You may have noticed a green paper on your car or your door with the image of The Thinker. The propaganda — paid for by Isla Vistans Against Higher Taxes, a group who seemingly has no online presence — claims to be giving you the truth, but it is not presenting the whole truth. In this opinion piece, I will prove the insubstantial nature of the rhetorical arguments on the advertisement, reveal the full truth of Measures E and F and make a case for voting YES on E and F. Let’s take a look at the paper’s arguments, line by line. There aren’t many.
YOU CAN VOTE ON MEASURE F ON NOVEMBER 8.
The first statement is a half-truth. You can, in fact, vote on Measure F on November 8. However, there is also a Measure E that is intrinsically tied to Measure F. Measure E is not mentioned once in the paper, which reads more like scare tactic propaganda than informative letter. Measure E provides the context for Measure F. Measure E is the proposal to make a Community Services District (CSD) in Isla Vista while F is the funding through a utility tax. By leaving out Measure E, Mr. Eckert would rather let your imagination decide where that money is going than present the facts. If you are inclined to fear when presented with the idea of a new tax, your imagination will create a nightmare.
YOU CAN VOTE YES TO RAISE YOUR HOUSING COSTS.
This statement is again misleading. Measure F is an 8 percent utility tax — essentially a sales tax on only the water, gas, electricity, sewage and/or garbage disposal services you use. How much will your housing costs go up? We’ll get there. Even so, what are we raising costs for? Again, the unmentioned Measure E, the CSD, is our answer.
MEASURE F WILL TAX RENTERS OVER $500,000 PER YEAR — YEAR AFTER YEAR AFTER YEAR.
$500,000 sounds like a lot of money! And it is, for an average person. However, as a budget for a local government, it’s really not. Measure E, the Community Services District, is a way for the residents of Isla Vista to claim some sovereignty, to have a local government that is responsive to our needs and directly represents us. With a little thrifty effort this money can go a long way, and with the number of individuals living in Isla Vista, raising over $500,000 annually for a local government costs an individual about $5-$15 a year.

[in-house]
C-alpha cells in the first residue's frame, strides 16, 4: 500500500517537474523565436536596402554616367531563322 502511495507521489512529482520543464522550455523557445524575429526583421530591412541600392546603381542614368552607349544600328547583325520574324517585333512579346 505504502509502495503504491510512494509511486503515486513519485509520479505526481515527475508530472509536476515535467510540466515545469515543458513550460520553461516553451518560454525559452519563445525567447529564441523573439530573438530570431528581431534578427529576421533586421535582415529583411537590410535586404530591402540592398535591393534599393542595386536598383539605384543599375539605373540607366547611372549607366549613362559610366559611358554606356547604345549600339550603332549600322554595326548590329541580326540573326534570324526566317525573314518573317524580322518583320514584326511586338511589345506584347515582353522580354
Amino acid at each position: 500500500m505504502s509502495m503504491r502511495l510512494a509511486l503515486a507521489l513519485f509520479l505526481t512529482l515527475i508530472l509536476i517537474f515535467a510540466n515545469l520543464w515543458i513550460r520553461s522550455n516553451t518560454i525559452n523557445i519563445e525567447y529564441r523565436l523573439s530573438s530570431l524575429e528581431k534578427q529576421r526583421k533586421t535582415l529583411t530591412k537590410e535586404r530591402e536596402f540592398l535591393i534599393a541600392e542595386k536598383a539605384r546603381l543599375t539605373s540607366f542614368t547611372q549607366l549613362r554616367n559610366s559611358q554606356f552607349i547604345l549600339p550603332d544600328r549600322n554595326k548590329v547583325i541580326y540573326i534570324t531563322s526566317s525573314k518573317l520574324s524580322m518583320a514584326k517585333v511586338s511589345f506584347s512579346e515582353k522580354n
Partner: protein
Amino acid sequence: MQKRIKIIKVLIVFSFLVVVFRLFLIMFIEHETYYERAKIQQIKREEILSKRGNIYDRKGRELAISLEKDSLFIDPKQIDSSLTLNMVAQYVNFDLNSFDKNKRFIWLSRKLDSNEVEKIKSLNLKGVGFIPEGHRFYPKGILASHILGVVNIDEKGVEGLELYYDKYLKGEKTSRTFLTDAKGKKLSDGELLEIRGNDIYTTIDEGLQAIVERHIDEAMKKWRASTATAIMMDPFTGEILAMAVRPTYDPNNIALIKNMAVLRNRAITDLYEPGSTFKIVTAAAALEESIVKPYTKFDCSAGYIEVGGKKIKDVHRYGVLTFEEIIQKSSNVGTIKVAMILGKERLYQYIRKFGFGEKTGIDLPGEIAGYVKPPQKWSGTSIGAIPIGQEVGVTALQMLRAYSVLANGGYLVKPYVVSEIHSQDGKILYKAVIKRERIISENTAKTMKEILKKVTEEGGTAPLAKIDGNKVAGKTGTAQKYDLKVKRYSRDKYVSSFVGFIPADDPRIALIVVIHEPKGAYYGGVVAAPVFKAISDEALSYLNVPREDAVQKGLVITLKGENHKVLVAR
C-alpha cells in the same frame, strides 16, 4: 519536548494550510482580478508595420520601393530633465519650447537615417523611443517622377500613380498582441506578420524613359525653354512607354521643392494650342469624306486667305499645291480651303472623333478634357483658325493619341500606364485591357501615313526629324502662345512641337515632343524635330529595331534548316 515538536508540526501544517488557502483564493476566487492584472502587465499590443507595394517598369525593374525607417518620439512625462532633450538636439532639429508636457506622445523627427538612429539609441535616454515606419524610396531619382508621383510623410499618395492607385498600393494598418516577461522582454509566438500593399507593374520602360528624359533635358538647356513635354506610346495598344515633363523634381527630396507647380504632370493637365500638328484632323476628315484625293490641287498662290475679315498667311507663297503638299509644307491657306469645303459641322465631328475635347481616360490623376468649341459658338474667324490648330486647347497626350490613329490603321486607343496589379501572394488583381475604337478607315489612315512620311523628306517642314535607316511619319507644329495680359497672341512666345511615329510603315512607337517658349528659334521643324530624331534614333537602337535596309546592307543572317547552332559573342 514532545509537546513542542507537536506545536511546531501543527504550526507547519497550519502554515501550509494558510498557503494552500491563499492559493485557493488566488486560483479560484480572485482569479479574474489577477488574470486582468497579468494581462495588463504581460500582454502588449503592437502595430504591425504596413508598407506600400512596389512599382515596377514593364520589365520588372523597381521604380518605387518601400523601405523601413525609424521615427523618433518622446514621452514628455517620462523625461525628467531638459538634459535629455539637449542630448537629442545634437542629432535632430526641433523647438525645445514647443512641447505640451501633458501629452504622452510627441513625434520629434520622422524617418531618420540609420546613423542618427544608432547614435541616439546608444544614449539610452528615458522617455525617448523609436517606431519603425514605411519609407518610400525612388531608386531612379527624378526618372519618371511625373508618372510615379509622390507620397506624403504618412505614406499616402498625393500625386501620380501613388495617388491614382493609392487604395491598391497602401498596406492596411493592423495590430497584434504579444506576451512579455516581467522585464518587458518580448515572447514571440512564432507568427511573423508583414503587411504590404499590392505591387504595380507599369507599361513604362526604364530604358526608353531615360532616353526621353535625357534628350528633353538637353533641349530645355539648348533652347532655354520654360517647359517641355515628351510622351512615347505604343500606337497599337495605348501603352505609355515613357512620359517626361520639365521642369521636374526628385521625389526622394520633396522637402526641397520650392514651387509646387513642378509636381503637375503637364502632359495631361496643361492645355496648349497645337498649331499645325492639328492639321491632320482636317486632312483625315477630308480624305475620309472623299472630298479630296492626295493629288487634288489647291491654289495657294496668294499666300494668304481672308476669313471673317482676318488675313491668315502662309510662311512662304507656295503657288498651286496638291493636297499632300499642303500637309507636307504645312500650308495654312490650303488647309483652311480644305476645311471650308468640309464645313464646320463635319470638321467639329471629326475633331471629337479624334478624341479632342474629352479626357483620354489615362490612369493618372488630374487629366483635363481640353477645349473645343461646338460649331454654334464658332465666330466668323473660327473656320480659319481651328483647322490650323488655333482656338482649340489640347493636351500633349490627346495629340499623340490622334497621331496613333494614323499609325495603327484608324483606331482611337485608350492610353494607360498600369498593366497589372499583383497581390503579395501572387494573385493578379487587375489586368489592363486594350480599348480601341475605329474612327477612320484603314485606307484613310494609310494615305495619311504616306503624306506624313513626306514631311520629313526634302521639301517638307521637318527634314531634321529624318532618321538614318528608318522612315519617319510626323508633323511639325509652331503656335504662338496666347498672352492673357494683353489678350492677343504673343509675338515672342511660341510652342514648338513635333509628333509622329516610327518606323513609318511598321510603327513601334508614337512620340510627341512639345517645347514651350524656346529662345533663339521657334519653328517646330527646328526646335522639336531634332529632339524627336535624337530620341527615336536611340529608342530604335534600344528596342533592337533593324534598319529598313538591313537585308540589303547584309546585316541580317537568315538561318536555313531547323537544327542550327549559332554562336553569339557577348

Having a local government means we will have an elected council to hear our issues instead of having to travel downtown and wait for hours to speak at a meeting for a few minutes with the hope that the county can juggle our problems along with all the other issues on their plate. $15 a year, less than an Amazon Prime subscription, is the smallest price we can pay for this power.
AND THE PROPONENTS ADMIT THAT HALF OF THAT WILL GET LOST IN BUREAUCRACY AND NEVER SEE THE LIGHT OF DAY.
Again, Mr. Eckert is being exceedingly misleading, to the point where I begin to question his intentions in obscuring the whole truth of the situation. Half of the money is going to fund three jobs, one full-time and two part-time positions that are necessary for the efficient management of our new local government. That the money will “never see the light of day” is such an ambiguous statement it is essentially meaningless, except as a rhetorical device to make you fear losing your money to some unnamed bureaucracy.
THINK ABOUT IT.
Clearly I am thinking, Mr. Eckert. If I went to vote, informed only by this piece of paper, all I would know is that there is a tax. The definition of a tax is that the government is taking my money, so by telling me that they’re going to take it but not how much of it or where that money is going, you are not presenting any real argument. In fact, I don’t think you really want any of us to think about it, you just want us to believe, the way you believe, that it is never in our best interest to raise taxes, so why should we now? You want us to fear the way you fear.
MEASURE F WILL TAX YOUR WATER, YOUR TRASH PICK UP, YOUR SEWAGE DISPOSAL, YOUR ELECTRICITY AND YOUR GAS.
This is the definition of a utility tax. While true, it is not presenting any new information. But having a long list of taxable services makes the tax seem bigger than it is. I’m getting taxed for five things?? Think of the fear being inspired! The reality is that the tax is 8 percent, not mentioned once in the paper, which again will cost an Isla Vistan a median of $5-$15 a year. Think about how much you personally pay for utilities. Now divide that by ten. The tax is even a little less than that. Give up three trips to Starbucks, or one trip to Freebirds, and you’ve already recouped your losses.
IF YOU PAY THE UTILITY BILL, YOU’LL SEE THE TAX ON YOUR BILL.